Home > Late Antiquity, Pyla-Koutsopetria Archaeological Project, Scott Moore, Survey Archaeology > Provisional Processed Pottery from Pyla-Koutsopetria

Provisional Processed Pottery from Pyla-Koutsopetria

While Scott Moore, Pyla-Koutsopetria Archaeological Project’s ceramicist and co-director, handles most of the pottery processing in the field, when it gets back to the U.S., I generally work with the processed pottery in its digital form.  This past few weeks we have generated a provisional database containing almost all the pottery collected from 5 years of intensive survey at Pyla-Koustopetria.  This same database will eventually house the pottery from the excavations last year and from earlier excavations conducted at the site in the 1990s.  With our ceramic data in digital form we are able to conduct queries, transfer it to our GIS (Geographic Information Systems) interface, and even produce the basic structure for our publishable catalogue.

With the inclusion of material collected during the 2007 and 2008 survey season we have produced a sufficiently robust dataset to conduct some basic quantitative analysis.  We have over 18,000 artifacts (not a particularly large number from an intensive survey) collected over the course of our standard intensive survey (with another couple thousand generated through various experimental survey procedures).  Of this group about 40% date to the Roman or Late Roman period.  Particularly prevalent in this assemblage of Late Roman material are finewares which account for over 8% of all Late Roman pottery.  Fine wares are useful because they can generally by associated with a particular production center in the Mediterranean and are distinctive enough to have relatively secure chronologies (thanks in large part to the tireless work of John Hayes whose monumental Late Roman Pottery remains the point of departure for almost any analysis of this class of material).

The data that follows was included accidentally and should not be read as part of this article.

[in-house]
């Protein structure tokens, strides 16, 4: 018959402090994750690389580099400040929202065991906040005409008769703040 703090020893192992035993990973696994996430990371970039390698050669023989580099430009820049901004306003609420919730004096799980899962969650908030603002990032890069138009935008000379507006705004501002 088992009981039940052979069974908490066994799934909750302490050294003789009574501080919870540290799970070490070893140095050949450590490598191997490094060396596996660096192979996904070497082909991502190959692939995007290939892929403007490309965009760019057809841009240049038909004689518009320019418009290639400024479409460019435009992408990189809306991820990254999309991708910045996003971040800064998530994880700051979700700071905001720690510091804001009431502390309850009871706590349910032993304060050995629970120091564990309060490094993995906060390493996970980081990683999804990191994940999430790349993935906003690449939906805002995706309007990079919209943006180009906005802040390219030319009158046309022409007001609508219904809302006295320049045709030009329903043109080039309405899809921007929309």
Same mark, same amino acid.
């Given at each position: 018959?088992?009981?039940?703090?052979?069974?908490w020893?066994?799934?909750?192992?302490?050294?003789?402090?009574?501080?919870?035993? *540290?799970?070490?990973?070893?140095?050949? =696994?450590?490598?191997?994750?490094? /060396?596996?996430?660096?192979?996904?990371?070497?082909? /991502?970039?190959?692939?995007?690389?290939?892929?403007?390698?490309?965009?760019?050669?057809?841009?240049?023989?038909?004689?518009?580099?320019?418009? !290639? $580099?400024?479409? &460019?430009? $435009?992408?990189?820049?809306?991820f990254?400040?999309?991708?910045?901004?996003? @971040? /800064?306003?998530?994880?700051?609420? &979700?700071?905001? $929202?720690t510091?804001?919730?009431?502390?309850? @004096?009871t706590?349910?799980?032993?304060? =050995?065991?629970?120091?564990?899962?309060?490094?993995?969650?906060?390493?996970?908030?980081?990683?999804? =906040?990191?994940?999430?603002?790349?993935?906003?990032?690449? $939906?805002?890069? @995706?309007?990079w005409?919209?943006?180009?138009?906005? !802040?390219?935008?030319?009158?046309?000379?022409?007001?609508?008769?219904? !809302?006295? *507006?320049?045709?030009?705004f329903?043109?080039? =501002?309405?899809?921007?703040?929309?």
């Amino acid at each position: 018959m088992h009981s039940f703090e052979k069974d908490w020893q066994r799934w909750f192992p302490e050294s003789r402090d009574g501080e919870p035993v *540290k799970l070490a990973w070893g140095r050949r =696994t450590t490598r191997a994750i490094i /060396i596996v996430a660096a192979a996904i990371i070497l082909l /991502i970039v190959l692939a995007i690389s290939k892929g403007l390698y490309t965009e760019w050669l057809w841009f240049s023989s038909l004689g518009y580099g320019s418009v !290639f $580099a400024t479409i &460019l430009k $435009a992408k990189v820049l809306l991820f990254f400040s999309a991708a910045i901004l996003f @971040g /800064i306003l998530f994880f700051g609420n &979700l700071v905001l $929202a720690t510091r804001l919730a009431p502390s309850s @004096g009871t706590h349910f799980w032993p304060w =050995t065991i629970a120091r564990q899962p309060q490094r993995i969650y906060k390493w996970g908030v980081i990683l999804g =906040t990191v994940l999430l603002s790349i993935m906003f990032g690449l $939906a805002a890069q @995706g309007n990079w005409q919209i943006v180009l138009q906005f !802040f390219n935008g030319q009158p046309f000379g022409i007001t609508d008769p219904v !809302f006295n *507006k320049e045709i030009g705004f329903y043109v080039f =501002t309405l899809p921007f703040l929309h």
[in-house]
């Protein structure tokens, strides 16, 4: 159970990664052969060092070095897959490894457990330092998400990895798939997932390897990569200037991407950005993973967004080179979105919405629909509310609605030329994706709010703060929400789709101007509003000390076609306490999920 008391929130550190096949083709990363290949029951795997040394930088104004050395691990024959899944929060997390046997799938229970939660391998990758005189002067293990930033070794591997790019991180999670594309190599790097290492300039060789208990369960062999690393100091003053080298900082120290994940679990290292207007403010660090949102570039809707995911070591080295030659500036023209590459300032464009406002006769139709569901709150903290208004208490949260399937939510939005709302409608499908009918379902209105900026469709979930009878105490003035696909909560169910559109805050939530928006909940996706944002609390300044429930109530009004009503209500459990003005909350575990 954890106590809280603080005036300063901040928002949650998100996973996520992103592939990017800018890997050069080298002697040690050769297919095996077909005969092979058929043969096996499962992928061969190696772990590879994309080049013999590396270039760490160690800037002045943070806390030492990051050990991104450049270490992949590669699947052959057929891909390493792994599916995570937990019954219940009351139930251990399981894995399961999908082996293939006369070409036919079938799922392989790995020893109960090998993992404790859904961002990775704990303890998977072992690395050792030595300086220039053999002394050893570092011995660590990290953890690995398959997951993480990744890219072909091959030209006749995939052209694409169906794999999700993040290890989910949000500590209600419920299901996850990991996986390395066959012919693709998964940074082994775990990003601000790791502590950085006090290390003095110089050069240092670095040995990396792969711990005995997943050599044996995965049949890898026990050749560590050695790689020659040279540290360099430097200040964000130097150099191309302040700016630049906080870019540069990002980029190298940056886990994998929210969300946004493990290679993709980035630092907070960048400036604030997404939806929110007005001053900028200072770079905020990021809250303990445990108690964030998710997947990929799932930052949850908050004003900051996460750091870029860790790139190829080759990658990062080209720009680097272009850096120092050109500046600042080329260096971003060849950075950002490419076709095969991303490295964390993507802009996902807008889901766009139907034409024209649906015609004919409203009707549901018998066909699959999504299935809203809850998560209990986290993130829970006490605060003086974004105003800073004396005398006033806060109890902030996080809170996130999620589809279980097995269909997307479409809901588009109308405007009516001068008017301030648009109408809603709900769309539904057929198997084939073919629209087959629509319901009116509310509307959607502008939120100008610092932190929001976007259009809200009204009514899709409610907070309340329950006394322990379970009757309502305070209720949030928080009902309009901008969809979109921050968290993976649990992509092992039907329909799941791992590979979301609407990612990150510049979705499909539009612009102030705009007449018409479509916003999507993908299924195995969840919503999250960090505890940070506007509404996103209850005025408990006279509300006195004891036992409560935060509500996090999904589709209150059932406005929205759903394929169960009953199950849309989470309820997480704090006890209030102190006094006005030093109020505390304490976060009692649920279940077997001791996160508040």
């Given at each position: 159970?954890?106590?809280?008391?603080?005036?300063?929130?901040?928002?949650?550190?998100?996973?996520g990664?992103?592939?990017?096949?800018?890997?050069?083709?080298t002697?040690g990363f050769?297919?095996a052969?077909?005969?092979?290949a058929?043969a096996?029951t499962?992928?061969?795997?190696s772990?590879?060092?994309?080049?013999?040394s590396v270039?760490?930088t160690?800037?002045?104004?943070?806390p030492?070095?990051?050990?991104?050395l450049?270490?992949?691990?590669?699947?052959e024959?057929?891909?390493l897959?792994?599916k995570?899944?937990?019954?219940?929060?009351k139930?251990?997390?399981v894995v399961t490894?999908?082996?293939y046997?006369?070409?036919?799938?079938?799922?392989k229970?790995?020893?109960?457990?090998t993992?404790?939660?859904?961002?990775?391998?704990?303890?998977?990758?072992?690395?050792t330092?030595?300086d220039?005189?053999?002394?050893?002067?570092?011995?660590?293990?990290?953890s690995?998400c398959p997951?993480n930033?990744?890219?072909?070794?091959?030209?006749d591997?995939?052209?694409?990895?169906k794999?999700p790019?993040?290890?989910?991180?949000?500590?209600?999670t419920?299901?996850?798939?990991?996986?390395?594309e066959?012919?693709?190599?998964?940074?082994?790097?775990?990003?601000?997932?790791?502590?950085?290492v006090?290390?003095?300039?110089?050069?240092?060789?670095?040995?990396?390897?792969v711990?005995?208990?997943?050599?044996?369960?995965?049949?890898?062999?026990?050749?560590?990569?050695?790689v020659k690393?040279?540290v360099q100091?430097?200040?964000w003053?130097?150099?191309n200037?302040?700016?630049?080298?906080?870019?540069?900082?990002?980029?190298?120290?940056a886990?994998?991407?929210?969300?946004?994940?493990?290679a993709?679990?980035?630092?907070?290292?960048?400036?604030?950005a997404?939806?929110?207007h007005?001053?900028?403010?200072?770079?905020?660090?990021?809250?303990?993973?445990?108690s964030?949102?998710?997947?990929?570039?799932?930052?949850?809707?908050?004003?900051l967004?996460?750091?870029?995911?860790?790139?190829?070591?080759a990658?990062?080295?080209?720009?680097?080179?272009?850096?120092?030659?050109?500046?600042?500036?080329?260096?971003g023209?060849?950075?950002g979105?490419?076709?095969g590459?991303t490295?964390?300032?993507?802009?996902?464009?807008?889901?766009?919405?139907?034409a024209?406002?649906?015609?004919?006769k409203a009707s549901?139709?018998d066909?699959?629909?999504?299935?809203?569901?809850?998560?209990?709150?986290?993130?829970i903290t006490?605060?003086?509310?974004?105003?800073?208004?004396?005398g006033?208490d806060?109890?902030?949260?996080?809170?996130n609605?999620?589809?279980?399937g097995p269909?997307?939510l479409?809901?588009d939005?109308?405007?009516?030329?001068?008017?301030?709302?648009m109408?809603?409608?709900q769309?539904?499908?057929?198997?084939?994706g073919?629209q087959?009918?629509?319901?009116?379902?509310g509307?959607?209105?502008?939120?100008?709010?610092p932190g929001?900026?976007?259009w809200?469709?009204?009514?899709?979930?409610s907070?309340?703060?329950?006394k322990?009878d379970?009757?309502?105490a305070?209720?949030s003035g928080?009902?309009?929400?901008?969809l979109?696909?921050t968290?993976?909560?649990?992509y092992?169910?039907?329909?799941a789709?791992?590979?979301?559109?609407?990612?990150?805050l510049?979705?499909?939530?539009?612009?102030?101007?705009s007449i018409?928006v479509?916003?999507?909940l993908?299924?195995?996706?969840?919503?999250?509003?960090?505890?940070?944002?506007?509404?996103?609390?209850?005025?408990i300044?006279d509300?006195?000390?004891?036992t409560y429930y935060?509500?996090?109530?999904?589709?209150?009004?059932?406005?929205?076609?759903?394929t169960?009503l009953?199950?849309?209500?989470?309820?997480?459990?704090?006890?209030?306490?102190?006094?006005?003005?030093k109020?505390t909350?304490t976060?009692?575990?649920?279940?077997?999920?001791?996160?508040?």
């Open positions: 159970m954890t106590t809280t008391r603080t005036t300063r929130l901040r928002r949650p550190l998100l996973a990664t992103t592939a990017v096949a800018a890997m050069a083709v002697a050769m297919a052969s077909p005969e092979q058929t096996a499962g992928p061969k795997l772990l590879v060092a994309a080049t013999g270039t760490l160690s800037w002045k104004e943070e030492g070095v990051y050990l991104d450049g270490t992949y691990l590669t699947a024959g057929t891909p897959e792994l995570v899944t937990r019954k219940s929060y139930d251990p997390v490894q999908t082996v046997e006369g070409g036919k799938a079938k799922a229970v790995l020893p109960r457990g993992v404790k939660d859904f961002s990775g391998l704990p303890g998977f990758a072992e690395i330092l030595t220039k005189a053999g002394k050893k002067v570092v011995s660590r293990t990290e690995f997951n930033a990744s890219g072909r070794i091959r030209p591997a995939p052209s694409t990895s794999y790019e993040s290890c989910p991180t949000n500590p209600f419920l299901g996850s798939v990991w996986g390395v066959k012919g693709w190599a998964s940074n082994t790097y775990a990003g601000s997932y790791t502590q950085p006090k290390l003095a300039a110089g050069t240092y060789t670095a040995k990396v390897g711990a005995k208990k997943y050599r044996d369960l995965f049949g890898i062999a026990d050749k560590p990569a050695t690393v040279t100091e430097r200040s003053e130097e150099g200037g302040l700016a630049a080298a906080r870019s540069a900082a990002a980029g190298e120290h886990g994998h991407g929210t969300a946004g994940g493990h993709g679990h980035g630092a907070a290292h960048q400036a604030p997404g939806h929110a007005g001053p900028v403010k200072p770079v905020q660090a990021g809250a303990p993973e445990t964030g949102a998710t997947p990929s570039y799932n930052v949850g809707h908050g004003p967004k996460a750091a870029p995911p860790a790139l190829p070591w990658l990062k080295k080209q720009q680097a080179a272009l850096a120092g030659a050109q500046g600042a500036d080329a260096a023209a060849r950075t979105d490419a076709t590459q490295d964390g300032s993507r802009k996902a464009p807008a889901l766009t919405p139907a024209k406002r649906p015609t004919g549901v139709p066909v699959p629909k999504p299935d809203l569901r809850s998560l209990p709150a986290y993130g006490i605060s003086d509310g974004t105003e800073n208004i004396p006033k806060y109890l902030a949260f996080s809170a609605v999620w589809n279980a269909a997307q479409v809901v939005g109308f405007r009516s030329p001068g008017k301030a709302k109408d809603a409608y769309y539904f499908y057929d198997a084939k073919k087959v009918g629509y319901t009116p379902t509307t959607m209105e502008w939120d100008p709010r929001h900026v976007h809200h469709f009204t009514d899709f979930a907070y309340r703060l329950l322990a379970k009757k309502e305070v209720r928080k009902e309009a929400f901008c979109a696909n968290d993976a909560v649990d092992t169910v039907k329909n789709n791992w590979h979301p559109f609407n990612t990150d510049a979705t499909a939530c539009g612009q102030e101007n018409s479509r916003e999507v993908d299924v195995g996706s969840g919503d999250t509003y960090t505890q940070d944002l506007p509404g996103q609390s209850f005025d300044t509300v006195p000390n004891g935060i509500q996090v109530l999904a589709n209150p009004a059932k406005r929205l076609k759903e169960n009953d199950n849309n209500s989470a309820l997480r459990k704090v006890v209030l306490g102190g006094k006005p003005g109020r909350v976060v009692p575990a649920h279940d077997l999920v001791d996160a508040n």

One of the advantages of our significant assemblage of Late Roman finewares is that we can compare it sites elsewhere on this island.  The locally produced Cypriot Red Slip (CRS) remains the most common type of Late Roman fineware at the site accounting for about 45% of the material on the site and another type of Late Roman fine ware Phocaean Red Slip (PHW) probably produced in Asia Minor, accounted for close to 30% of the assemblage. The most notable feature of the fine ware at our site, however, is that African Red Slip (ARS), a type of Roman fineware imported from North Africa, accounted for close to 20% of the assemblage.  (The other common Late Roman fine ware, Egyptian Red Slip barely appeared at all.  John Hayes has recently suggested that this type of pottery may represent the final phase in Late Roman pottery imports to the island where Egyptian Red Slips imported in the mid-7th century replaced African Red Slip which had become increasingly difficult to procure do to disruptions in Mediterranean trade at the “end of antiquity”. (see Hayes “Pottery,” in Megaw, Kourion: Excavations in the Episcopal Precinct, 436).  It may be, if this is indeed the case, that our site simply went out of use prior to the period when Egyptian Red Slips were most prevalent).